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T. Rowe Price ("TRP") claims compliance with the Global Investment Performance Standards (GIPS®) and has prepared and presented this report in compliance with the GIPS standards. T. Rowe Price has been independently verified for the twenty four-year period ended June 30, 2020, by KPMG LLP. The verification report is available upon request. A firm that claims compliance with the GIPS standards must establish policies and procedures for complying with all the applicable requirements of the GIPS standards. Verification provides assurance on whether the firm’s policies and procedures related to composite and pooled fund maintenance, as well as the calculation, presentation, and distribution of performance, have been designed in compliance with the GIPS standards and have been implemented on a firm-wide basis. Verification does not provide assurance on the accuracy of any specific performance report.

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Maintaining a Cautious Approach

Key Insights

  • Recent market crosscurrents have bolstered our Asset Allocation Committee’s view to maintain a slight underweight to stocks relative to bonds.
  • The global economic recovery shows signs of continuing, but key hurdles include fading fiscal and monetary stimulus and the potential for negative economic surprises.

Global equity markets have posted strong returns this year. However, the T. Rowe Price Asset Allocation Committee has maintained a slight underweight to stocks relative to bonds since March 2021, taking into account elevated stock valuations, moderating economic growth, and fading fiscal and monetary stimulus. These issues have become more pressing.

Indeed, the Citi Global Economic Surprise Index (Figure 1), which measures the degree to which economic data compare with estimates among economists, has declined since mid‑June 2021 and entered into negative territory in late August.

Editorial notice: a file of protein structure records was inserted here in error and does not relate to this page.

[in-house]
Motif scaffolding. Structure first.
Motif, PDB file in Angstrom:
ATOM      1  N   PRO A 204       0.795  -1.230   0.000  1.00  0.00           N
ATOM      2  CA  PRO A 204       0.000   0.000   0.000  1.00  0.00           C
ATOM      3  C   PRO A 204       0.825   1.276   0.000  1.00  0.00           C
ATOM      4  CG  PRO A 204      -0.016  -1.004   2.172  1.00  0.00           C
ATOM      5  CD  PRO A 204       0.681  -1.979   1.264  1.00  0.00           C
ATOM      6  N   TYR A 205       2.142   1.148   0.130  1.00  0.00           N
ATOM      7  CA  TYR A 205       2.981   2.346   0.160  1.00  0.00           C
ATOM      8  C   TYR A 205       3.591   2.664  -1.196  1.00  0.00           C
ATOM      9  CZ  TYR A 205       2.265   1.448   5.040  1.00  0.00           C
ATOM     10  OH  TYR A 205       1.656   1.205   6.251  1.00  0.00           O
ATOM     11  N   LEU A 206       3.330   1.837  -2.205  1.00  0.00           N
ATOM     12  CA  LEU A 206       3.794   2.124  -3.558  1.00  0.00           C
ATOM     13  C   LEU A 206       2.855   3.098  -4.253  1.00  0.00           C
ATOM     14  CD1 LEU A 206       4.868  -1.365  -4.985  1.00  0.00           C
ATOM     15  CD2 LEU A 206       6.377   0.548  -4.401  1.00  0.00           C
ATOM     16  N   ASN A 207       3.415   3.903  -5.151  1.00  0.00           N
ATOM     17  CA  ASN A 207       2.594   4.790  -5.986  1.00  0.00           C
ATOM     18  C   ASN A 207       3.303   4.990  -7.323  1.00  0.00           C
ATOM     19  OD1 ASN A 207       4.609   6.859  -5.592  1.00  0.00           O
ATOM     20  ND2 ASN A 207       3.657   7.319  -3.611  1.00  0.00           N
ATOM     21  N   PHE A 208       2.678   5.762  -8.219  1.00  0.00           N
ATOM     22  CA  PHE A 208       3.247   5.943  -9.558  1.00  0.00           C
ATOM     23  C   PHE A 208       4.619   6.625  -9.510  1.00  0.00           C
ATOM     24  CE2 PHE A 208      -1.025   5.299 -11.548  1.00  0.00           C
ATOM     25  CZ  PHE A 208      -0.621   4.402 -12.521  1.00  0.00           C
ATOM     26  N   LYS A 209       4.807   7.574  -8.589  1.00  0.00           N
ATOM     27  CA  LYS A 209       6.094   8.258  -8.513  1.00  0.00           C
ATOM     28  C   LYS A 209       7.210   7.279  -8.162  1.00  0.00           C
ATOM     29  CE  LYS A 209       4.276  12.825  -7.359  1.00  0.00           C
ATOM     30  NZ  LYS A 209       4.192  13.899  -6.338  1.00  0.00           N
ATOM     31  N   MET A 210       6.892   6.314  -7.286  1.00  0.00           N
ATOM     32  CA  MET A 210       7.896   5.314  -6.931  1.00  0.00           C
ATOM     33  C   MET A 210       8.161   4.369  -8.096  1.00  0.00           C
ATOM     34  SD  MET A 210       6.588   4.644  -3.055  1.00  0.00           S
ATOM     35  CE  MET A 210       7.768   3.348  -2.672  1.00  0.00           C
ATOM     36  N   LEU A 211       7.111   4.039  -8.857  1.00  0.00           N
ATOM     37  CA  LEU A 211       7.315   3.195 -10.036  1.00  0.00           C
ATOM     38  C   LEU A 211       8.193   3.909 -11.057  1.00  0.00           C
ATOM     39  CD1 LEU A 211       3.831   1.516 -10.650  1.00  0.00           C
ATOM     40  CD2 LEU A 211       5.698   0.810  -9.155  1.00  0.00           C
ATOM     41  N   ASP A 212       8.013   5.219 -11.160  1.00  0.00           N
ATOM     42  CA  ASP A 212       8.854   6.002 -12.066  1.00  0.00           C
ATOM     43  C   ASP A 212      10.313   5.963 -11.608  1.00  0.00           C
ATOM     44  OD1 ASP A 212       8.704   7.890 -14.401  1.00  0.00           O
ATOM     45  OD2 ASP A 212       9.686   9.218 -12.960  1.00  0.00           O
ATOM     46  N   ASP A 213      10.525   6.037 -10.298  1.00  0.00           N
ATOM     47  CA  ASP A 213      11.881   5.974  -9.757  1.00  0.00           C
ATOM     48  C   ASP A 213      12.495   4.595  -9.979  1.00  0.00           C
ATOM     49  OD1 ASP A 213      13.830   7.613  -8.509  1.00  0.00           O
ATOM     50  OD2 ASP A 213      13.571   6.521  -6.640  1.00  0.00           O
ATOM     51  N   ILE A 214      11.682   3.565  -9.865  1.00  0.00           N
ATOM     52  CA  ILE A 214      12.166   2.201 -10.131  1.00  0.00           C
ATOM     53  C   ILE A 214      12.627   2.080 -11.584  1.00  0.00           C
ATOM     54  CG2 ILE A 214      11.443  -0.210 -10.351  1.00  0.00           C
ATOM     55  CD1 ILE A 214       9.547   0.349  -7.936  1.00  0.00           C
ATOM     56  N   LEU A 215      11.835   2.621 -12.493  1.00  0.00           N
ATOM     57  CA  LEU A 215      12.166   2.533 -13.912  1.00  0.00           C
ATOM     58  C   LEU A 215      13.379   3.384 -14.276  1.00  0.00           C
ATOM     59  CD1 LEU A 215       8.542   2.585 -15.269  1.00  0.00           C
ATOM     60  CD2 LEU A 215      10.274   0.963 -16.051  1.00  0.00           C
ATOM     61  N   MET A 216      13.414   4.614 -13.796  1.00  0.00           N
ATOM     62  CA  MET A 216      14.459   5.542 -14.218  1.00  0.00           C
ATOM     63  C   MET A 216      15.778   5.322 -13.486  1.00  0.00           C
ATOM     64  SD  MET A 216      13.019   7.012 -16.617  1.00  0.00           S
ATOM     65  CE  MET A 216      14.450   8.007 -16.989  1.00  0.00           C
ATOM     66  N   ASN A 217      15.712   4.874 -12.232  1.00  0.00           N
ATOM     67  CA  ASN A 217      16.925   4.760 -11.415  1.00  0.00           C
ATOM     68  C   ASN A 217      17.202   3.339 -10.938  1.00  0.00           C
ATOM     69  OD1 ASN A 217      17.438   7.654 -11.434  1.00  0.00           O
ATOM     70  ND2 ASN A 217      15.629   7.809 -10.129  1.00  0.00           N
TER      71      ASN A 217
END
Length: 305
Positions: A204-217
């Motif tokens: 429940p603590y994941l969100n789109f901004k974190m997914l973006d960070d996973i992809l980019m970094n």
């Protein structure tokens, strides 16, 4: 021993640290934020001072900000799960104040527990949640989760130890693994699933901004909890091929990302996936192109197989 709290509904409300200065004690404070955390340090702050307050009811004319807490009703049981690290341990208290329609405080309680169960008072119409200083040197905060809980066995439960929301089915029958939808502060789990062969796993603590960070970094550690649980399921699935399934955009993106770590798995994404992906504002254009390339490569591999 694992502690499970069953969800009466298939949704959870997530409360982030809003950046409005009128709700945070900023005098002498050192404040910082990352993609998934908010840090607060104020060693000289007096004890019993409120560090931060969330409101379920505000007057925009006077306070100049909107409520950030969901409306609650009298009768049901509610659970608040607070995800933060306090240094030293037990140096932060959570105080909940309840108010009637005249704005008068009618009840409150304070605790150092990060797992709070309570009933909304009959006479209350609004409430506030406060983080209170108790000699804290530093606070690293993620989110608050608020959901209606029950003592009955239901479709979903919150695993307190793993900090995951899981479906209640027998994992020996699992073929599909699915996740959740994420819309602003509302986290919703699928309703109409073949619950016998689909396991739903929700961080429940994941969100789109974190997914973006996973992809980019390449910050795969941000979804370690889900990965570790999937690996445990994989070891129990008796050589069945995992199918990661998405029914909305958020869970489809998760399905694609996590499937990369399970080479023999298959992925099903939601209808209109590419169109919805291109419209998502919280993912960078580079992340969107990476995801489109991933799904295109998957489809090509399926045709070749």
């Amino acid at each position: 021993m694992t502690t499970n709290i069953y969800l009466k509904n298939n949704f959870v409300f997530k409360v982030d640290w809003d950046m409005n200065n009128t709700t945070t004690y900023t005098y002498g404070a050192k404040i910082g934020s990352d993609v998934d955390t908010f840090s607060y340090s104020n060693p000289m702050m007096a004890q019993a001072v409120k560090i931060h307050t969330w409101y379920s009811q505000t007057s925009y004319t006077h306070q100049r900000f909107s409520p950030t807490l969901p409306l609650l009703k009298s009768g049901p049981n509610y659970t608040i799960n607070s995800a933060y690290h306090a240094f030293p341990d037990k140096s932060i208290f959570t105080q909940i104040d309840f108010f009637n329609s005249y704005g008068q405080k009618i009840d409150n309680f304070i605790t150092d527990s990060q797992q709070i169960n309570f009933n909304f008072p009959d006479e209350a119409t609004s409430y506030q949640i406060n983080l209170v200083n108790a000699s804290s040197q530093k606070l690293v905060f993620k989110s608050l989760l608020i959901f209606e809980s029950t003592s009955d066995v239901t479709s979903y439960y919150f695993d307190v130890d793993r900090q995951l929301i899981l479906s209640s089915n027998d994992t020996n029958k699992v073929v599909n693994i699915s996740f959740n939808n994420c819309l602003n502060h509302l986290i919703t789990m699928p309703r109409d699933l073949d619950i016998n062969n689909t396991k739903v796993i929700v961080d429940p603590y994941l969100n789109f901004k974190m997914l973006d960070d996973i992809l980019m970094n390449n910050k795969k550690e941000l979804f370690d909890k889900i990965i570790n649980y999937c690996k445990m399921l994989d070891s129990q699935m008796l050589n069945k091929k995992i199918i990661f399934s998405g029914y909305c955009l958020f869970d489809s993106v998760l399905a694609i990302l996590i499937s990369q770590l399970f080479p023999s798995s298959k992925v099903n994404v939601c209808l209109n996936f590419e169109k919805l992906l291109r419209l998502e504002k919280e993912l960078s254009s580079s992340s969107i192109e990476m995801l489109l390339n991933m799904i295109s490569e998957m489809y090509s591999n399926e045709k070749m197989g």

Economic Surprises Have Turned Negative

(Fig. 1) Citi Global Economic Surprise Index

Line graph showing negative trend of economic surprises

September 21, 2016, through September 21, 2021.
Source: Bloomberg Finance L.P.

The downward trend has been primarily driven by a few main factors. The global resurgence of the coronavirus pandemic attributed to the delta variant has dampened reopening plans and disrupted supply chains, while fading growth in China amid uncertainty over the country’s regulatory policy changes has also weighed on expectations. While we expect these pressures to potentially dissipate in the intermediate term, they are likely to remain sources of volatility in the near future.

Fiscal stimulus continues to support economies, though funding levels have decreased significantly since 2020 as economic activity has largely normalized. Further, substantial new fiscal spending in the U.S. faces legislative hurdles and is likely to be below previous estimates. Spending proposals on infrastructure and climate change are being debated, as are corporate tax rate increases to pay for them. Meanwhile, monetary stimulus is likely approaching a notable inflection point, with the U.S. Federal Reserve signaling intentions to begin tapering its asset purchase program. Historically, reduced liquidity has coincided with weaker equity market performance (Figure 2).